Fledgling artists and home-video aficionados apparently arent the only ones who see the twinkle of opportunity in YouTubes cyberspace universe. A number of medical products companies are now posting content on the Google-owned, video-sharing Web site in hopes of reaching a more targeted audience through, Outliers might add, a less-regulated medium.
Drugmakers Sanofi-Aventis and AstraZeneca and medical-device companies Johnson & Johnson, Medtronic and Stryker Orthopaedics are among the content providers located through a quick search of the YouTube Web site. The postings include everything from device-implant-surgery videos to medical-expert advice and product testimonies by patients.
In February, for example, Sanofi-Aventis launched the nonbranded channel Go Insulin, which features patients talking about their success controlling diabetes through insulin injections. The company produces the injectable insulin brand Apidra. AstraZeneca has set up a sponsored YouTube channel called My Asthma Story, which features patients testimony about the benefits of the companys asthma drug Symbicort.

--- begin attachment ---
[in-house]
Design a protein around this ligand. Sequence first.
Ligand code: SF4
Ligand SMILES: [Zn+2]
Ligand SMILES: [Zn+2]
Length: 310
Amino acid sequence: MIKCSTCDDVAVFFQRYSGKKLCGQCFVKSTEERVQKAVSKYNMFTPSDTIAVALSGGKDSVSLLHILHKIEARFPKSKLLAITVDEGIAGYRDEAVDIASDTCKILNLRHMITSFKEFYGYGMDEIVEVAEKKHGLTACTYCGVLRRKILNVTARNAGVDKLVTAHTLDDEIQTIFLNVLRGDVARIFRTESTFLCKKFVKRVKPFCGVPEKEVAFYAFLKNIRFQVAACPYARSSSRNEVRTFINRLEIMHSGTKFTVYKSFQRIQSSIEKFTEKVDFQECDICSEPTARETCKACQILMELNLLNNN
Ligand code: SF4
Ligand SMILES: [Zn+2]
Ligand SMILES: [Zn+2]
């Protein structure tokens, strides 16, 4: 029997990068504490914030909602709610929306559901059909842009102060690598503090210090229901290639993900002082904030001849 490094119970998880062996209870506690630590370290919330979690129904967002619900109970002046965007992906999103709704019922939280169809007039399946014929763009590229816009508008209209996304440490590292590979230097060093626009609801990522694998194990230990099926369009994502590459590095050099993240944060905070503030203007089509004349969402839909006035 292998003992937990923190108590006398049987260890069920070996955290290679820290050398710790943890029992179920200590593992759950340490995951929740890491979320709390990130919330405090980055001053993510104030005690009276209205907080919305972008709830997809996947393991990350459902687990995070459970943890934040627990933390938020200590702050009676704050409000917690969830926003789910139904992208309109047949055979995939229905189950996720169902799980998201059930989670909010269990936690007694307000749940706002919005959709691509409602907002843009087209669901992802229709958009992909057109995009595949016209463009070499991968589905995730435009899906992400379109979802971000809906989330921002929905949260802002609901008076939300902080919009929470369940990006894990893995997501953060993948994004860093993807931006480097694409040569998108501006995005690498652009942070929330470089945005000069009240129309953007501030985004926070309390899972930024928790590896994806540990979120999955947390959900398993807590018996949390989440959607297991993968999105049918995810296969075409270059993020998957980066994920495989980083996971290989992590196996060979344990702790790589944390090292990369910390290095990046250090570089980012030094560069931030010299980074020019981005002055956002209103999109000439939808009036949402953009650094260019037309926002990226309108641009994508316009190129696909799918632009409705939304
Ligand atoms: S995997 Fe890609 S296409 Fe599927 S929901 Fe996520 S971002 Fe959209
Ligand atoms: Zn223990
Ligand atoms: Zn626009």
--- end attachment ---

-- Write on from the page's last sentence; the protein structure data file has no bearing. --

The Symbicort-branded YouTube channel is our first opportunity to engage patients in this space, says AstraZeneca spokeswoman Dana Settembrino. It really gives us the opportunity to go where consumers are going for healthcare information.
YouTube posting may also provide medical-product companies with another benefit: a chance to see how far they can push the boundaries before regulatory agencies crack down on marketing through the cyberspace medium. The FDA hasnt carved out specific regulations and guidelines about how pharmaceutical companies can work in this space, so we worked with our legal, regulatory and compliance departments to develop the content, Settembrino says.